A total of 182 participants were randomized (aged 56.3 ± 10.1 years, 43% female, education 13.2 ± 4.1 years, BMI 31.5 ± 5.3 kg/m2, fasting glucose 105.7 ± 12.8 mg/dl, and 2-h postprandial postoral glucose 135.7 ± 35.8 mg/dl). There were no significant baseline differences between those in the PREDIAS and the control group. The study lost 17 participants (9.3%) to follow-up. A dropout analysis showed no significant differences between participants who remained in the study and those who dropped out.
After 12 months, there was a significant effect on body weight (). Participants in the PREDIAS group had lost 3.8 kg of weight, whereas members of the control group had reduced their weight by 1.4 kg (P = 0.001). An intention-to-treat analysis yielded similar results (control group −1.3 ± 3.9 kg vs. PREDIAS group −3.6 ± 5.1 kg; P < 0.001). A significantly higher proportion of weight was lost by those in the PREDIAS than in the control group (4 ± 5.4 vs. 1.6 ± 4.1%, respectively; P = 0.002). Similar results were obtained regarding BMI and waist circumference.
Baseline and 12-month follow-up results in the control group and the PREDIAS group
Both groups increased their physical activity significantly, but the increase was significantly greater in the PREDIAS than in the control group. Cognitive restraint of eating behavior was significantly more increased in the PREDIAS than in the control group, and eating disinhibition was significantly more decreased in the PREDIAS than in the control group. Members of the PREDIAS group showed a significant within-group reduction on the hunger scale, but there was no significant between-group difference.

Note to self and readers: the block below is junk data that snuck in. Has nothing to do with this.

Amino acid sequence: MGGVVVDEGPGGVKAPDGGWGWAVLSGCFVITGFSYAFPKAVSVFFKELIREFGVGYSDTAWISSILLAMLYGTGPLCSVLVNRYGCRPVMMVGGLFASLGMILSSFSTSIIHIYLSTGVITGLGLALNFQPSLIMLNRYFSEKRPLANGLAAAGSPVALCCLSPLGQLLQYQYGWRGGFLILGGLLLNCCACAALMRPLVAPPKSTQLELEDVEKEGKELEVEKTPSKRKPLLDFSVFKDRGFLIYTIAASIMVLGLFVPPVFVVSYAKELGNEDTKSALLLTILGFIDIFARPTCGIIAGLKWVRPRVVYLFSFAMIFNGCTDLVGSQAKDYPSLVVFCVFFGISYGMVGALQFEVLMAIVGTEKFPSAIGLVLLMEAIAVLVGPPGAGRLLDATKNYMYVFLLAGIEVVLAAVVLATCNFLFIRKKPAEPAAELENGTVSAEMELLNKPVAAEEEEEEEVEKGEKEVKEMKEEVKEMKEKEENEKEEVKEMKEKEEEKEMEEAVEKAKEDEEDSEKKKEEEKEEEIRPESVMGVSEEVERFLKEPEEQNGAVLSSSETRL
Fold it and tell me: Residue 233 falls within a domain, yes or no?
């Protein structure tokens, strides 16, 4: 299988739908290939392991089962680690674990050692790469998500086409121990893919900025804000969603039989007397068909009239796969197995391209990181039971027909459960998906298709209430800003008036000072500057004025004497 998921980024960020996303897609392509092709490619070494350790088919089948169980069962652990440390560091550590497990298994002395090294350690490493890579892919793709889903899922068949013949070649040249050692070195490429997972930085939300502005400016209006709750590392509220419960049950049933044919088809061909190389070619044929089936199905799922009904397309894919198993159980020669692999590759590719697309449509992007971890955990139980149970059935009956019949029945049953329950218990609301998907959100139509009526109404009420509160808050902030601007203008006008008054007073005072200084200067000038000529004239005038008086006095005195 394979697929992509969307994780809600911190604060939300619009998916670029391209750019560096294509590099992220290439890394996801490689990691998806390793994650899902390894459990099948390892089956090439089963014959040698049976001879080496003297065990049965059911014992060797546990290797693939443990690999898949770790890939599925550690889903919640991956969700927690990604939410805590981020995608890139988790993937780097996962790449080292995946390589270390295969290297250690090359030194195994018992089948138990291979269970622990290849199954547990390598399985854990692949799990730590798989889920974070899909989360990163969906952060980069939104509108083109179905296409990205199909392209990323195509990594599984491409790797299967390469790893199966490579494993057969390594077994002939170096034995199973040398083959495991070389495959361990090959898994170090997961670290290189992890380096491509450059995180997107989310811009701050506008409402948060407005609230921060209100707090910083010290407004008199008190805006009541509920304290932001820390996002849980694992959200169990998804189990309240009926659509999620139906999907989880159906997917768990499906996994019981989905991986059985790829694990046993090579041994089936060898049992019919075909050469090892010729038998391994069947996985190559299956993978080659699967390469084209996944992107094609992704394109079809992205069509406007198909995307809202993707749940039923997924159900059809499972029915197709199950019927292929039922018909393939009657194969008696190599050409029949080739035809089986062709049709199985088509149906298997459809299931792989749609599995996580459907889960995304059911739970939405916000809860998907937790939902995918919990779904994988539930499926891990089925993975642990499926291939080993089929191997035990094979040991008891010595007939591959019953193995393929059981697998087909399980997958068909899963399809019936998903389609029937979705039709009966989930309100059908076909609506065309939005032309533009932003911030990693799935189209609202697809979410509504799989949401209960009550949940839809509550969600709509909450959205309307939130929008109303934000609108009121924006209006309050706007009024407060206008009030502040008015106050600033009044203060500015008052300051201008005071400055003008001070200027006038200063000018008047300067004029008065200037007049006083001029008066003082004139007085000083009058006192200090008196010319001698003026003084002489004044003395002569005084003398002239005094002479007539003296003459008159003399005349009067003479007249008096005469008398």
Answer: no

There was a significant effect of PREDIAS on fasting glucose; however, the 2-h postprandial glucose values and A1C did not change significantly between the groups. Total cholesterol and triglycerides, as well as systolic and diastolic blood pressure, were significantly reduced in the PREDIAS group, whereas in the control group there was no substantial change in these risk factors. However, the between-group difference failed to reach significance.
In both groups, psychological well-being increased, whereas anxiety and depressive symptoms decreased. However, except for anxiety, there were no significant differences between the two groups.